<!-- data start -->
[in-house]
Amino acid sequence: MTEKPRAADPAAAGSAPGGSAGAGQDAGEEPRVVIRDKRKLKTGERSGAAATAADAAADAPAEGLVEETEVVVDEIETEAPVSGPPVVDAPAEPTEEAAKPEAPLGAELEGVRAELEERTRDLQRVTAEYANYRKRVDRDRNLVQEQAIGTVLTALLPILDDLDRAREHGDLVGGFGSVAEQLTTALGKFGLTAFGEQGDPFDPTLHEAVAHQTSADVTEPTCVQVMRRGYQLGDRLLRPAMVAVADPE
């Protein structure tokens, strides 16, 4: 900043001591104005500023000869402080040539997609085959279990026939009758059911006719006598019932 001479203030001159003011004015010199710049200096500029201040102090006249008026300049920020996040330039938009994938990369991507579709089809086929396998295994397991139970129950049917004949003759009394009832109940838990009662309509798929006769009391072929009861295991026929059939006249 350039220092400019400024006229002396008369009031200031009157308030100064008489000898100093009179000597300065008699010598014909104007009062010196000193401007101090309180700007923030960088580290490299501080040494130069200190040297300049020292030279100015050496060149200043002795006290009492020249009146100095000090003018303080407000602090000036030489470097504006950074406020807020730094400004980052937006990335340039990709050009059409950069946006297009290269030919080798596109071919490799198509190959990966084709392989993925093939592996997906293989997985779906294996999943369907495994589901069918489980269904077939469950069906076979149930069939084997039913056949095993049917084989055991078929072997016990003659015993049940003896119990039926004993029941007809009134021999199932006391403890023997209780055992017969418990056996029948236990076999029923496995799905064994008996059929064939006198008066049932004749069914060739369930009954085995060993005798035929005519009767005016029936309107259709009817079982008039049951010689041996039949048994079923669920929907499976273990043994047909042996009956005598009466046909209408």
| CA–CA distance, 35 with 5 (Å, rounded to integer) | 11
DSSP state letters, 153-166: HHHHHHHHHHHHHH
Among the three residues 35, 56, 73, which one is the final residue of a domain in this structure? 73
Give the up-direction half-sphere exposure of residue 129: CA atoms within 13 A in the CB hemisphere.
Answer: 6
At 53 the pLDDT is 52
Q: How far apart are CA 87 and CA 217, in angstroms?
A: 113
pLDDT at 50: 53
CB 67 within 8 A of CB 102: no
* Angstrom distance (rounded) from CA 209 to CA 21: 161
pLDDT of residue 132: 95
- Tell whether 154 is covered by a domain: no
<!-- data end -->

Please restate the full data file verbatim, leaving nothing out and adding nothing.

[in-house]
Amino acid sequence: MTEKPRAADPAAAGSAPGGSAGAGQDAGEEPRVVIRDKRKLKTGERSGAAATAADAAADAPAEGLVEETEVVVDEIETEAPVSGPPVVDAPAEPTEEAAKPEAPLGAELEGVRAELEERTRDLQRVTAEYANYRKRVDRDRNLVQEQAIGTVLTALLPILDDLDRAREHGDLVGGFGSVAEQLTTALGKFGLTAFGEQGDPFDPTLHEAVAHQTSADVTEPTCVQVMRRGYQLGDRLLRPAMVAVADPE
């Protein structure tokens, strides 16, 4: 900043001591104005500023000869402080040539997609085959279990026939009758059911006719006598019932 001479203030001159003011004015010199710049200096500029201040102090006249008026300049920020996040330039938009994938990369991507579709089809086929396998295994397991139970129950049917004949003759009394009832109940838990009662309509798929006769009391072929009861295991026929059939006249 350039220092400019400024006229002396008369009031200031009157308030100064008489000898100093009179000597300065008699010598014909104007009062010196000193401007101090309180700007923030960088580290490299501080040494130069200190040297300049020292030279100015050496060149200043002795006290009492020249009146100095000090003018303080407000602090000036030489470097504006950074406020807020730094400004980052937006990335340039990709050009059409950069946006297009290269030919080798596109071919490799198509190959990966084709392989993925093939592996997906293989997985779906294996999943369907495994589901069918489980269904077939469950069906076979149930069939084997039913056949095993049917084989055991078929072997016990003659015993049940003896119990039926004993029941007809009134021999199932006391403890023997209780055992017969418990056996029948236990076999029923496995799905064994008996059929064939006198008066049932004749069914060739369930009954085995060993005798035929005519009767005016029936309107259709009817079982008039049951010689041996039949048994079923669920929907499976273990043994047909042996009956005598009466046909209408």
| CA–CA distance, 35 with 5 (Å, rounded to integer) | 11
DSSP state letters, 153-166: HHHHHHHHHHHHHH
Among the three residues 35, 56, 73, which one is the final residue of a domain in this structure? 73
Give the up-direction half-sphere exposure of residue 129: CA atoms within 13 A in the CB hemisphere.
Answer: 6
At 53 the pLDDT is 52
Q: How far apart are CA 87 and CA 217, in angstroms?
A: 113
pLDDT at 50: 53
CB 67 within 8 A of CB 102: no
* Angstrom distance (rounded) from CA 209 to CA 21: 161
pLDDT of residue 132: 95
- Tell whether 154 is covered by a domain: no